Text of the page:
The report states that

“all food is radioactive due to the presence of various naturally occurring radionucleides. For example, the Ministry of Agriculture, Fisheries and Food reports natural activity levels in fish and shellfish to range between 0.04 Bq/gram to 0.1 Bq/gram. The theoretical levels of induced activity in irradiated foods quoted in the table above are less than the natural activity levels reported in fish and shellfish.” 

The report recommends

“…on the treatment of small doses…practices which lead to exposures of less than 5 milliSv/year and result in collective effective dose equivalent commitments of less than 1 man Sv should not be of concern to regulatory authorities…consumer products that give rise to individual exposures of less than 5 milliSv/year or which have an activity content of less than 0.4 Bq/gram should not be of concern to regulatory authorities.”


Here are some conclusions one can draw about induced radioactivity in irradiated foods, based on the above document:

1.The report clearly states that radioactivity can be induced in food irradiated by gamma rays or high-speed electrons. 

2.The worst-case scenario makes assumptions about the kinds and scope of isotopic change that should not be dismissed, as the report does, as being unrealistic, without additional evidence. 

3.The report states "consumer products ...which have an activity content of less than 0.4 Bq/gram should not be of concern to regulatory authorities.” The maximum theoretical induced activity level in irradiated food is .035 Bq/gram, 4 to 9 times the level naturally occurring level in fish and shellfish (0.04 Bq/gram to 0.1 Bq/gram.). The report does not provide natural activity levels for other foods or explain why the .4 Bq/gram level of safety was chosen. Fish and shellfish are not the major components of most people's diets, and more representative foods should have been chosen.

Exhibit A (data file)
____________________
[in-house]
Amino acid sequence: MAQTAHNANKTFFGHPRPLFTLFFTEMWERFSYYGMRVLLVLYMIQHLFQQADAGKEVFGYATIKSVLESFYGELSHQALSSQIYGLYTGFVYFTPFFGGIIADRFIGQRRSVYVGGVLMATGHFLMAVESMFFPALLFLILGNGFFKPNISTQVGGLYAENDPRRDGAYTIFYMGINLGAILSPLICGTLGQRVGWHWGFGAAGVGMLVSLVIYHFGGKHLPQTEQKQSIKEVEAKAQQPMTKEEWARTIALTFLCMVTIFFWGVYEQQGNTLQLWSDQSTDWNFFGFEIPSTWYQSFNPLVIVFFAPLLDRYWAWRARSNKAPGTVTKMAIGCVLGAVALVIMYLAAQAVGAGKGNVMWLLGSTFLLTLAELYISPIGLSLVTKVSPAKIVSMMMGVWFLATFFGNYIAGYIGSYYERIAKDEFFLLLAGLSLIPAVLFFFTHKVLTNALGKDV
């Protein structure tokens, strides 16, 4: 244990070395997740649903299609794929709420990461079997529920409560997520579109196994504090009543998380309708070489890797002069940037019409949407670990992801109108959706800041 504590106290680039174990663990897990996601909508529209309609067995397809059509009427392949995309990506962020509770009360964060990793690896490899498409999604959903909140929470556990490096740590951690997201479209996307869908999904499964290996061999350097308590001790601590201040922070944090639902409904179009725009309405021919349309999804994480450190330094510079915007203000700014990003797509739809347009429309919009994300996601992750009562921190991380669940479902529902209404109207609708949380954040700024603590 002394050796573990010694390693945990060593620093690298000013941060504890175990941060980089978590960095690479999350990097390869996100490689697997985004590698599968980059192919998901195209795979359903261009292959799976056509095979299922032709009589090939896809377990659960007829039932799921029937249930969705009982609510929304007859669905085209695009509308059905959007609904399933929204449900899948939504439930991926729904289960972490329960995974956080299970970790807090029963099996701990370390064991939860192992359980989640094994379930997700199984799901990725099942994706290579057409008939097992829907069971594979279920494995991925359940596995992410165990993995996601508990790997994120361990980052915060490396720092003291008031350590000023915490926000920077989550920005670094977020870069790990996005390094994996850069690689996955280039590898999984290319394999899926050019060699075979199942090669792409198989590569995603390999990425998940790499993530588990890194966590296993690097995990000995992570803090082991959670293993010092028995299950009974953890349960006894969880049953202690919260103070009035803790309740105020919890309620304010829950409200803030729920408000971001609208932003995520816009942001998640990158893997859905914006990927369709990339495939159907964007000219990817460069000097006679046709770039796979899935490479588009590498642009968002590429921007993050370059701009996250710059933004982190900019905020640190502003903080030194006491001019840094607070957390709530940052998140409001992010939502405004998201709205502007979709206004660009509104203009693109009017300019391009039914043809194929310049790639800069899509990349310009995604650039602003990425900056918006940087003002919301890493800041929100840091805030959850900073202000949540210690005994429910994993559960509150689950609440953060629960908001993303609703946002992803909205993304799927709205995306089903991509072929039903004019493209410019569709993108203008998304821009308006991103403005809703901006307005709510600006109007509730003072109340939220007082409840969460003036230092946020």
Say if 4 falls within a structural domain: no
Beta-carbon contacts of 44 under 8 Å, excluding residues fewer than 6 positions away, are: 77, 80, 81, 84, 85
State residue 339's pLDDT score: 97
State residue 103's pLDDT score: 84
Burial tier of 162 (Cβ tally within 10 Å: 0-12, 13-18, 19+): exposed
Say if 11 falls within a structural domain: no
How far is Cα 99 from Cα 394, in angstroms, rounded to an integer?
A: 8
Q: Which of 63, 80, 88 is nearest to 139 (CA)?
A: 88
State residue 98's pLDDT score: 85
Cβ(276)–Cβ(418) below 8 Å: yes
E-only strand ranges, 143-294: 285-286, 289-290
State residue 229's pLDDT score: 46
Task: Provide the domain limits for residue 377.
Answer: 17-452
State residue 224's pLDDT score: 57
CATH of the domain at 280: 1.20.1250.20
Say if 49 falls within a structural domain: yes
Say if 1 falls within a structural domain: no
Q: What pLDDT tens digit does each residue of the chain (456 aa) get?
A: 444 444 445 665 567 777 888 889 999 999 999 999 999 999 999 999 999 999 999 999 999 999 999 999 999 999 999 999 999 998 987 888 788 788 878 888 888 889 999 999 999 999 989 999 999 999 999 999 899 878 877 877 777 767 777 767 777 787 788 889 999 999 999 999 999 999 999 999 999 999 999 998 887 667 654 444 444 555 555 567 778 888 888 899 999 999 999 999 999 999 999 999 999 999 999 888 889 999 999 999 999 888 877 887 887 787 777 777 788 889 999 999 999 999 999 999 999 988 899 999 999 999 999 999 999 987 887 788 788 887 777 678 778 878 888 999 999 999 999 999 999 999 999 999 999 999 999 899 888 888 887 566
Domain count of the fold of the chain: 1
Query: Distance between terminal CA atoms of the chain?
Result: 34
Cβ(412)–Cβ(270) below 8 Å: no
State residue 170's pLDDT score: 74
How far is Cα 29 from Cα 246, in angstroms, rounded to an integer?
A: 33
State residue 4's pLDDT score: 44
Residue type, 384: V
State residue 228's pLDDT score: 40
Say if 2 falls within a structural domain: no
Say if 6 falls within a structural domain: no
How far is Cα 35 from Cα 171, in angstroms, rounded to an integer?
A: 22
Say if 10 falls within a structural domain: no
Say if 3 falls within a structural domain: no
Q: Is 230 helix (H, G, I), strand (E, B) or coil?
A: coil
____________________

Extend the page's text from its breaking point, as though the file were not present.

4.The worst-case scenario is based on the assumption that foods are eaten one day after irradiation. *An Indian study found that four of five children who ate a diet of 60% freshly irradiated wheat developed chromosomal changes in their blood that are precursors to cancer. The scientists believe that wheat should be stored for 12 weeks before use in order to avoid this in the future. Given the British report’s stated differences in radioactivity levels after 1 and after 10 days of storage, it is possible that the chromosomal changes were due to the induced radioactivity in the food. Storage, then, seems prudent before irradiated foods are consumed. Should we be confident that irradiators, especially of fruits and vegetables, will observe the necessary precautions? Discards from irradiation facilities may be sold without adequate storage, and irradiation facilities being used to camouflage lower-quality food that is then sold to the poor in countries where it is produced.